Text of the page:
Please tell us about yourself. How did you end up in such an offbeat, unconventional and fascinating career?
“I currently work as an intelligence analyst for the NZ Police.
“The role involves analysing crime data to interpret the criminal environment and includes identifying risks and trends. We take a ‘Prevention First’ attitude towards crime, and write reports that both inform and influence decision makers to support crime prevention, intervention, and enforcement activities.
“The foundation of my personal career goal is to help and inspire others. The aspect that I enjoy most about my work is knowing that I’m actively contributing towards crime reduction and safer communities.
What did you study?
I did my bachelors (Psychology, Sociology & Criminology) and masters (Criminology) from University of Auckland
“I cannot stress enough how well my Arts degree helped prepare me for working life. It developed and strengthened my abilities to think critically about issues; conduct research and form evidence based conclusions and arguments; create sustained pieces of writing; identify important gaps in information and literature; understand basic statistical analysis; and practice planning, organising, and manage my time and projects well.
“My studies helped me strengthen my communication skills, gave me confidence to approach and work with senior staff, as well as constructively take criticism of my work, and use it to improve future inputs.
“I decided to enrol in an Arts degree after leaving school as I was specifically interested in studying Psychology and Criminology, and valued the reputation of the University of Auckland. I also had a strong natural ability in Arts subjects, so knew it was something that I would be good at. Furthermore I appreciated the range of study areas available. I knew that if I wanted to change my degree at any point, options within Arts were endless.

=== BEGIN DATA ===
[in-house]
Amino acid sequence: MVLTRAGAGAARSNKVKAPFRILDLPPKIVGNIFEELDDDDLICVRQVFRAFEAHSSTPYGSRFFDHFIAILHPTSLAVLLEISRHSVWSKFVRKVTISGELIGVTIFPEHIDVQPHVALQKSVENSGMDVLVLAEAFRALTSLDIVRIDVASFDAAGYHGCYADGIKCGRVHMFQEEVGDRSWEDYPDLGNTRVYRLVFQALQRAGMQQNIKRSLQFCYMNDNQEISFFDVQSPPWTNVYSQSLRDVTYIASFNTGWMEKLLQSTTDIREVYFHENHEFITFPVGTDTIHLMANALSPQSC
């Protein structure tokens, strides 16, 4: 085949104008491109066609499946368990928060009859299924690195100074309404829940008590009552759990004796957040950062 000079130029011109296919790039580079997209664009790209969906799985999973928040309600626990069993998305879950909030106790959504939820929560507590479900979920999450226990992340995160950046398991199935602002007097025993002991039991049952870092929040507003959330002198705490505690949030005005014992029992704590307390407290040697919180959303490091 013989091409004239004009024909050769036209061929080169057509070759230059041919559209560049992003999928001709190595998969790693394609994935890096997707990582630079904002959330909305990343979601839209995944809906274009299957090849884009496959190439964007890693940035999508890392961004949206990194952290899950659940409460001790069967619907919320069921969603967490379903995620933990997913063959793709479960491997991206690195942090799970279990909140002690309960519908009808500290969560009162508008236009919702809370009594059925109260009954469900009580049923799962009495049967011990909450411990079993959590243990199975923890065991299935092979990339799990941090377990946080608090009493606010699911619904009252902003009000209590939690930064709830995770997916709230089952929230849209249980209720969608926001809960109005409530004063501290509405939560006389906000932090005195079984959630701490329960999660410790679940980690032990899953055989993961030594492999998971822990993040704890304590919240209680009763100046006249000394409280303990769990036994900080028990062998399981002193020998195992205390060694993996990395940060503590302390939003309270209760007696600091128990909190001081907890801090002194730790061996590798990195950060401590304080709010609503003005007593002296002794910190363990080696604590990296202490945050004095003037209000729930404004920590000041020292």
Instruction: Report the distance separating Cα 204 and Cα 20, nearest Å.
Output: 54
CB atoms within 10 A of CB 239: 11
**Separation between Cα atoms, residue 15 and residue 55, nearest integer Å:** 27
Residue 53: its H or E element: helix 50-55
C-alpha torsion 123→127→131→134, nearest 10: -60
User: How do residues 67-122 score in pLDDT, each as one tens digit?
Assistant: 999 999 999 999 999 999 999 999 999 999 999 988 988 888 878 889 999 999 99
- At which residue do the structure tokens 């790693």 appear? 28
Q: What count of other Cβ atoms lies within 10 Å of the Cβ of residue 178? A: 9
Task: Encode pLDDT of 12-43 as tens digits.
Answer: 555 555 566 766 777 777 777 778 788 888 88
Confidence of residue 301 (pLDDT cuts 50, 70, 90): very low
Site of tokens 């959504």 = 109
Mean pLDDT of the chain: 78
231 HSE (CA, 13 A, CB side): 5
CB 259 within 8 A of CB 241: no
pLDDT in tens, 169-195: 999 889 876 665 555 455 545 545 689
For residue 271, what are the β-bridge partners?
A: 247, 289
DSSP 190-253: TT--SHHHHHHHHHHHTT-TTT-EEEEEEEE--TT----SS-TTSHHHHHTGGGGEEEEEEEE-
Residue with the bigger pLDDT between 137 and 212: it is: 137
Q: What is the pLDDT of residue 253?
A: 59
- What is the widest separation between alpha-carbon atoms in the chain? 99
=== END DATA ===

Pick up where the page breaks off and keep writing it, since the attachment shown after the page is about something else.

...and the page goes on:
How has your degree helped you with your career?
“My choice of studies has set me up well for working life. I can acknowledge and understand the multitudes of complex factors that contribute towards crime and deviance in society. I know that nothing is black or white, but I have learned skills that give me confidence to argue for or against issues. Sociology and psychology are areas that help to build strong levels of social understanding and empathy, skills that I think are pivotal for being successful in any social agency.
“I knew when I started my undergraduate degree that I wanted to join the NZ Police, so this helped me build a clear career path.
“The University of Auckland introduced me to a diverse set of friends and colleagues that I’ll proudly carry with me for life.”